Humans, to judge from the amount we laugh, are apparently the most comical species. We use laughter as the best medicine, we laugh all the way to the bank, and we laugh so hard we forget to cry. From “hahahas” and LOLs, to guffaws, chuckles, giggles, cackles, and snorts, humans do appear to be the kings of comedy.
But laughter is no laughing matter. Despite laughter holding such prominence in human vocalizations, it is surprisingly understudied.
When it does come under the microscope, researchers find that our empirical assessment of laughter shows it to be a more versatile form of communication than just a response to humor. Laughter may actually hold the key to some of the deepest questions in human cognition, such as how language has evolved.
In a recent article published in the Psychonomic Bulletin and Review, Robert Provine presents a theoretical account of the empirical nature of laughter, its evolutionary origins, and how it might help us study language. That laughter is a relatively simple, evolutionarily old aspect of vocal behavior, makes it a nice case study for linguists and psychologists, preferable to the study of actual language, which is vastly more complex than and vastly different from any analogous animal behavior.
You really shouldn’t miss out on this gorilla being tickled:
Animal researchers believe that these vocalizations emulate the vigorous breathing that occurs during rough play. But note how different these vocalizations are from human laughter (which characteristically follows the acoustic structure that, in English, we dub “ha ha.”)
By comparing similarities and differences in the acoustic structure of laughter across species, Provine and other researchers realized that humans can produce multiple vocalizations per breath (“ha ha ha”) whereas apes typically only produce one vocalization per breath, resulting in the in-out panting in the videos.
As speakers of language (and fans of rap) will know, humans are capable of far more than one utterance per breath. When vocalization is limited to one utterance per breath (in addition to sounding like Stevie from Malcolm in the Middle), communication is effortful, laborious, and cannot result in the richly diverse array of meanings that human language now has.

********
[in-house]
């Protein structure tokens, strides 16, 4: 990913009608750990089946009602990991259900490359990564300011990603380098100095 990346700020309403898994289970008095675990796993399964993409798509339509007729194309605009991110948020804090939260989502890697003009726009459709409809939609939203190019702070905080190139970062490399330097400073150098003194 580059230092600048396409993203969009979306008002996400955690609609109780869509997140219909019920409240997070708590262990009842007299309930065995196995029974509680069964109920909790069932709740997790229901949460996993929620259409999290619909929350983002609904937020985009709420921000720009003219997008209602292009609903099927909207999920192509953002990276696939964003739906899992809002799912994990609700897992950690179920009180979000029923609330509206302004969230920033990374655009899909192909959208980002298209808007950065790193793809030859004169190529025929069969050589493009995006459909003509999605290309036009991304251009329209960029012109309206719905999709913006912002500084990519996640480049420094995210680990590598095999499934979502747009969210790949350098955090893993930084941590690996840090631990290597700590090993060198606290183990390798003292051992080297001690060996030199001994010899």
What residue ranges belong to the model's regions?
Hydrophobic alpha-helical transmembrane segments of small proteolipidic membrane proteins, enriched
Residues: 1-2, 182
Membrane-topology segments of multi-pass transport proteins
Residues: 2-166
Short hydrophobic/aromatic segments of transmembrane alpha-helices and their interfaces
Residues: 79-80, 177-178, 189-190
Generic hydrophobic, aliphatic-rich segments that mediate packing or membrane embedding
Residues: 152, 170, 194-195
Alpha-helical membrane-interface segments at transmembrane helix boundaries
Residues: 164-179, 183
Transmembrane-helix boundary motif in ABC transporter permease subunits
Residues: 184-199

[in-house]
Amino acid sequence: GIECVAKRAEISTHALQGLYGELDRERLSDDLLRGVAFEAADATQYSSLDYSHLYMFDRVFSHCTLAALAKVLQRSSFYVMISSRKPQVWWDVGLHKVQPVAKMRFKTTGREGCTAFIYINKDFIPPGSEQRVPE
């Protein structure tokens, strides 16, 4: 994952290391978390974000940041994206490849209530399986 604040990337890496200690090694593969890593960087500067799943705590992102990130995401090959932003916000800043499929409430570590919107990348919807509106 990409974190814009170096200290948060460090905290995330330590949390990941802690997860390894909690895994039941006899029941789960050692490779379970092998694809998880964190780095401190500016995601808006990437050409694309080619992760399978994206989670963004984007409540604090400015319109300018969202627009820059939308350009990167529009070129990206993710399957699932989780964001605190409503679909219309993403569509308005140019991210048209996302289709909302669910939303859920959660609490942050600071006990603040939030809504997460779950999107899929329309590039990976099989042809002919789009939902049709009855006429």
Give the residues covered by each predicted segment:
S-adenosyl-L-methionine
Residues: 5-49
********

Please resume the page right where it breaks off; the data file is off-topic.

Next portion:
Provine claims that the one vocalization per breath limitation of nonhuman primates comes as a result of the costliness of walking on more than two limbs. By walking erect, humans decouple breathing and walking, freeing up the lungs to laugh and talk. This is known as the bipedal theory of speech evolution.
While laughter is a simple behavior, its uses are diverse, and its properties make it distinct from speech. In one study, subjects were scanned using functional magnetic resonance imaging (fMRI) while listening to human laughter, spoken sentences, or non-verbal utterances. Subjects showed different activation patterns in response to these sounds – laughter was more right-lateralized, for instance.
In another fMRI study, subjects watched videos of actors laughing, either from imagining being tickled, taunting another person, or from joy. The researchers found higher activation in regions of the brain related to emotion processing (the medial prefrontal cortex) during observation of joyful or taunting laughter compared to tickling. They also found more activation in secondary auditory cortex during tickling.
Provine points out that laughter is not under voluntary control. (As a demo, see if you can spot the fake laughs here.)
Laughter, as a response to humor at least, occurs spontaneously, involuntarily, and generally among groups of people. Most people don’t laugh while they are alone. Furthermore, laughing generally occurs throughout conversational speech, but typically does not interrupt phrases. Provine refers to this as the punctuation effect, and considers laughter analogous to breathing as secondary to voluntary speech.
Scientifically, using this approach to study cognition is quite clever. Often, scientists break down hard problems that are difficult to solve into small, solvable chunks. Instead of studying language, which is complex, has incredible variety, and is evolutionarily recent, by studying laughter, we can appreciate some of the structure and mechanisms of vocalization, communication, and even cognition.
According to Provine, laughter may mark a critical change in human evolution, in which laughter changed from panting in chimps to “ha ha” in humans. Other bite-size chunks of human cognition might be equally amenable to this approach, such as tears that denote sadness, which may have come as a result of more face time from bipedal walking.
Although laughter and humor are not equivalent, cat videos, sitcoms, dirty jokes, and bad puns remind us that joy is a powerful and multifaceted human emotion. Nothing feels quite as freeing or satisfying as a bout of uncontrollable laughter. Yet, this innocuous and simple form of communication can be a window into human cognition.
Reference for the article discussed in this post:
Provine, R.R. (2016). Laughter as an approach to vocal evolution: The bipedal theory. Psychonomic Bulletin and Review. DOI: 10.3758/s13423-016-1089-3.